By Chris Adams

There are 8 million retail clerks in the United States – and new retail stores that don’t employ clerks.

It has 2.5 million truck drivers – and new self-driving technology that can move goods from point to point without a driver behind the wheel.

It has a million taxi and ride-sharing drivers – and that same self-driving technology is being tested in some cities.

“Just with these areas right here, you’re talking about millions of jobs,” said Darrell West, vice president and director of governance studies at the Brookings Institution, a think tank in Washington.

West (bio, Twitter) is the author of the recent book “The Future of Work: Robots, AI and Automation” (Amazon, Brookings) and also director of Brookings’ Center for Technology Innovation.

West led National Press Foundation fellows studying artificial intelligence issues through the impact of AI on the U.S. labor market, as well as how those new technologies intersect with the U.S. political system.

Studies aiming to predict the impact of AI on the workforce are all over the map in their conclusions – from the low teens to half of the workforce.

“I am at the low end of that estimate,” West said. “I don’t think half the people are going to be unemployed or underemployed.”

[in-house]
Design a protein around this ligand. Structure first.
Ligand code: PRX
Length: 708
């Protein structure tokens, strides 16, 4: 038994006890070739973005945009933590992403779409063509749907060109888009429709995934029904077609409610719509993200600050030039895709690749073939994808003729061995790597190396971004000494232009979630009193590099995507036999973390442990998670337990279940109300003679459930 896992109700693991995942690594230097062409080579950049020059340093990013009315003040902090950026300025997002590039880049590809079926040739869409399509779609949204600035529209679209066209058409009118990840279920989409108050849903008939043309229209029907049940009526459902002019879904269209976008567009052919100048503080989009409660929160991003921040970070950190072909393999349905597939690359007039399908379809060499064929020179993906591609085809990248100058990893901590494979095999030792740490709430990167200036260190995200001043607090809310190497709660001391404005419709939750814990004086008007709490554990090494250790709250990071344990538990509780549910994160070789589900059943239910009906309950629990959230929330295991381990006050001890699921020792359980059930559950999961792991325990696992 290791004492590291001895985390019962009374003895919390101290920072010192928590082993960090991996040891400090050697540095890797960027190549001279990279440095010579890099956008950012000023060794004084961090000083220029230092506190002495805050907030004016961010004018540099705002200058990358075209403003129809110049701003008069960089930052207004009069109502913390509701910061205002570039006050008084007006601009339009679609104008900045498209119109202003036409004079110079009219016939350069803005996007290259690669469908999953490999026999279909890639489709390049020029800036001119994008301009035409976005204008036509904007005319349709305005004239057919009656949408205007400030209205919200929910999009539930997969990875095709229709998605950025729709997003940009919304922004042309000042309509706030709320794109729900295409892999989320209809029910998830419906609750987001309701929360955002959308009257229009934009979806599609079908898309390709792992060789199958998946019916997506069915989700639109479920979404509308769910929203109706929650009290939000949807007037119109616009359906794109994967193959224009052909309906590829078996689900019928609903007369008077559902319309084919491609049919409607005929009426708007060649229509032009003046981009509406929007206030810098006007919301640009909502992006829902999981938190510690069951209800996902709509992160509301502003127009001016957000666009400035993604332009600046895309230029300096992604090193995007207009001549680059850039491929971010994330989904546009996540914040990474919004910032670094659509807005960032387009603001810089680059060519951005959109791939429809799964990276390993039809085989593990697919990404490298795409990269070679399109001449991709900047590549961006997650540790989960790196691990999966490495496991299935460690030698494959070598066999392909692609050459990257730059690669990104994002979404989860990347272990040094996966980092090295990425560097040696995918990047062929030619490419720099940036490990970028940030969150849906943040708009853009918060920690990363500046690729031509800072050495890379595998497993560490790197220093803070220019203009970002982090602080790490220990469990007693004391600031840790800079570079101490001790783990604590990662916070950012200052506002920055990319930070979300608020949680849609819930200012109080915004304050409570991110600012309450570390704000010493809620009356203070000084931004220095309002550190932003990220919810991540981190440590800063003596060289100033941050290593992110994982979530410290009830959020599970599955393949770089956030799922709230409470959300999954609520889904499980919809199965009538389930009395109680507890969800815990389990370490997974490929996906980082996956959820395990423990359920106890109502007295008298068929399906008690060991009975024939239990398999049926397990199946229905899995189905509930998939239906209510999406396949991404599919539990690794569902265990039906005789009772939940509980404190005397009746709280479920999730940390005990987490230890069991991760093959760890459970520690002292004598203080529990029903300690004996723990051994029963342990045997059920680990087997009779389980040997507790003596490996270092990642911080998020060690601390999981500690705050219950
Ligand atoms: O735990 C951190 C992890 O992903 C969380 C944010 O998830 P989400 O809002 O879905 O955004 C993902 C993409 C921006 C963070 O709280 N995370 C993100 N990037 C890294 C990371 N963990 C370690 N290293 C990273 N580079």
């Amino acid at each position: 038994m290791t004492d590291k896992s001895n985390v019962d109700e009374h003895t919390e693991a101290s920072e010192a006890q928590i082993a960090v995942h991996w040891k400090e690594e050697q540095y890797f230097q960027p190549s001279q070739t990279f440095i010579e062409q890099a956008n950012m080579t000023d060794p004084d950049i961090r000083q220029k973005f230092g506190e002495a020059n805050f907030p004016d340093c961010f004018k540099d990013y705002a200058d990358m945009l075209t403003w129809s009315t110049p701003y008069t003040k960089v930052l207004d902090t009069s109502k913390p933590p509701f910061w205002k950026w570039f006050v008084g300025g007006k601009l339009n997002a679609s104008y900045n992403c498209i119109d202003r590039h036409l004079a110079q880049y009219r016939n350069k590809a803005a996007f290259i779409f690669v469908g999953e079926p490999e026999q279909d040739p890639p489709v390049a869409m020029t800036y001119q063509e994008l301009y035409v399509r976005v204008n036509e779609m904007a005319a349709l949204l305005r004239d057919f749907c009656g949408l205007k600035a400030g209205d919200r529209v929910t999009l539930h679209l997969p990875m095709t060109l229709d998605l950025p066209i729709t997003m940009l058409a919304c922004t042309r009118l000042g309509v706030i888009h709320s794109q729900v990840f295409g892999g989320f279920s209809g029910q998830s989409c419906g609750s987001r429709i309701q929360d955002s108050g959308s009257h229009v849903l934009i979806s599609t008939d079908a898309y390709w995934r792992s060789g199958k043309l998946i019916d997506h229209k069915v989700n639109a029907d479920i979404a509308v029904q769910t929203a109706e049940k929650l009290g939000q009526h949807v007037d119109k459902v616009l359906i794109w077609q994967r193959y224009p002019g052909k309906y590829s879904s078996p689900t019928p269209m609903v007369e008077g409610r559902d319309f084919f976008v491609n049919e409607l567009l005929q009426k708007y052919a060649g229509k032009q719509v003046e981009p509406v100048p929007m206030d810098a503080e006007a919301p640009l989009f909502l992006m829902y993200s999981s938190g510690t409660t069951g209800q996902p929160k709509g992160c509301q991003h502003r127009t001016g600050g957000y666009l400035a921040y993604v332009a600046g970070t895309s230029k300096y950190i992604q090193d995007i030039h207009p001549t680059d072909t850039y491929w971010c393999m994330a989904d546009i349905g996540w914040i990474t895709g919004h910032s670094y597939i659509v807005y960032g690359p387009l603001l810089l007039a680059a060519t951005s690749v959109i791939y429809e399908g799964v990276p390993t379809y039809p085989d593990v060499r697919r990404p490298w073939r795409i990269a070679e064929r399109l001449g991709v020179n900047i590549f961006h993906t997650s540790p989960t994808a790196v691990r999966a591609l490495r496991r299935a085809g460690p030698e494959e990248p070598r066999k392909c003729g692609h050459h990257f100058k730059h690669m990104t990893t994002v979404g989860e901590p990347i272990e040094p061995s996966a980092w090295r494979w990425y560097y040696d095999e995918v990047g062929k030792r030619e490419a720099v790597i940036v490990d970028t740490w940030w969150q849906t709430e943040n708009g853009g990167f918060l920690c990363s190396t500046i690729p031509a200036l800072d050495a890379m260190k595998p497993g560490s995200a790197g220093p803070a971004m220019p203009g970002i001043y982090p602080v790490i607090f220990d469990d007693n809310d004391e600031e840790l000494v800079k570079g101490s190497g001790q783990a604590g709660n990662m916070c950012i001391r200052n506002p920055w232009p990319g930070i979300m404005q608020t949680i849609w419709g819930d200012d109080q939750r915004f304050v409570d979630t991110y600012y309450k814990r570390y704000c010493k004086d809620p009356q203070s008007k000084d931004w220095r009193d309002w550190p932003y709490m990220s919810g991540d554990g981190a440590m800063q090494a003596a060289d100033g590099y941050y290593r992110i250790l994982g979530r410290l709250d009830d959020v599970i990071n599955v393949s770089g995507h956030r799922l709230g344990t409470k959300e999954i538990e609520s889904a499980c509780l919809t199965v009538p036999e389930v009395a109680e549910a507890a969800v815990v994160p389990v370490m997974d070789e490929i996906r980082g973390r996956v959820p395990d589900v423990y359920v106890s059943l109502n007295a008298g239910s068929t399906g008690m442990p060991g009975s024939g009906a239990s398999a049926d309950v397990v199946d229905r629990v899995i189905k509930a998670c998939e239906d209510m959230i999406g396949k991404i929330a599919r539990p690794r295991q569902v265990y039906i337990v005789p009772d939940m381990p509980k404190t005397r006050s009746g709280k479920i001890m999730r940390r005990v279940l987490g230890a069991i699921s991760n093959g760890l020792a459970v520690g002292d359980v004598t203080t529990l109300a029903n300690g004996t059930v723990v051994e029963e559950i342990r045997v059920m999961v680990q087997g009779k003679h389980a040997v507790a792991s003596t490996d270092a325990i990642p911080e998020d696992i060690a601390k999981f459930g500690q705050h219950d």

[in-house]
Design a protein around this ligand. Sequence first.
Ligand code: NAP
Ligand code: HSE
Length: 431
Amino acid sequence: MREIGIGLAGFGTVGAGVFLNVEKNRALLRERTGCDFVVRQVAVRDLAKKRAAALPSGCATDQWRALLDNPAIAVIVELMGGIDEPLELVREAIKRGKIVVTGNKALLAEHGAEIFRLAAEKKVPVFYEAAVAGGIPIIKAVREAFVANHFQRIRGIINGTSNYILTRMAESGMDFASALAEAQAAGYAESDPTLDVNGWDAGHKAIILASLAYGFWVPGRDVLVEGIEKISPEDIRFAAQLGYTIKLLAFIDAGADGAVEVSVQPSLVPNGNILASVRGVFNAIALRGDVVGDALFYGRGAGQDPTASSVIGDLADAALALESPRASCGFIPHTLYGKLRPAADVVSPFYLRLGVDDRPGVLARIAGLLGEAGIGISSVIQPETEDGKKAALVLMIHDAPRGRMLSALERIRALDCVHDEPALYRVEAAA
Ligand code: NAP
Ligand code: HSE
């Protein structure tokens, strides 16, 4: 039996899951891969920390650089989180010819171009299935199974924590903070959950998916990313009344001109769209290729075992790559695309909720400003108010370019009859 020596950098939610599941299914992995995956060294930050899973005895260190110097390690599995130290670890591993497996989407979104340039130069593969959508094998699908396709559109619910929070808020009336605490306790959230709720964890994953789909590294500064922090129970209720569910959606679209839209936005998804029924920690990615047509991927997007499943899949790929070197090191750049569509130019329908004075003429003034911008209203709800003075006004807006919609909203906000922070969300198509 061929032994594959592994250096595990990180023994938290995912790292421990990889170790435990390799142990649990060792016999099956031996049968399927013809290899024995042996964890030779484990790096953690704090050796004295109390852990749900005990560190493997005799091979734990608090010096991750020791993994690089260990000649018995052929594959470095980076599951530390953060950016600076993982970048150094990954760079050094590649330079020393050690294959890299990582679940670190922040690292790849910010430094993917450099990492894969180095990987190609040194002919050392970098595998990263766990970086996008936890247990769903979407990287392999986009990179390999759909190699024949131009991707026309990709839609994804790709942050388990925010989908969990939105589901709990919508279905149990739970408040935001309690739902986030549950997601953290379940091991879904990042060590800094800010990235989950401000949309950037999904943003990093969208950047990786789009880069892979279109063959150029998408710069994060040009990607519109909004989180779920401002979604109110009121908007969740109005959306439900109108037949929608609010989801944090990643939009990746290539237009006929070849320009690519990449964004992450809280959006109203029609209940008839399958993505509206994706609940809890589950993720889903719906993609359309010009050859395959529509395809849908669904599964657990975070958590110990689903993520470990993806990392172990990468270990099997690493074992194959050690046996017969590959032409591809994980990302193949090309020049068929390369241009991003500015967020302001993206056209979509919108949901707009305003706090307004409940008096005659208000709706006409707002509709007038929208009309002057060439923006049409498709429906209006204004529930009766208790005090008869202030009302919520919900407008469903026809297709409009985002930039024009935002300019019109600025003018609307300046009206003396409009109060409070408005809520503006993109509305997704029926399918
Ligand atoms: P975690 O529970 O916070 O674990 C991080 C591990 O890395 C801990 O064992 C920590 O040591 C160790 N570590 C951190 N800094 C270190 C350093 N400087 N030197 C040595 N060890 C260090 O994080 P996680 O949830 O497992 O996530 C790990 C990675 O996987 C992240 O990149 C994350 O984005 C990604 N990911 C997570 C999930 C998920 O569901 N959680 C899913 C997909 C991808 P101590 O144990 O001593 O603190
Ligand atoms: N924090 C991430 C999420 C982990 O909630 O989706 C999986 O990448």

But, he cautioned, it only took a 10 percent national unemployment rate during and after the recession of 2007-2009 to produce the tea party, populism and Donald Trump.

“Even if the workforce impact is only 5 or 10 percent, we will feel that,” he said.

Because technology changes come in waves, the nation does have the ability to mitigate some of those losses. West said society needs to move toward lifelong learning. People can’t stop their formal educations in their early 20s and keep up with the changing economy.

“In the short run, we are going to have a big mismatch in the skills that are going to be needed in the 21st Century and the skills that people have,” he said. “The good thing is we control our future here. … The odds are good that we can end up with a utopia rather than a dystopia, if we make the proper policy changes.”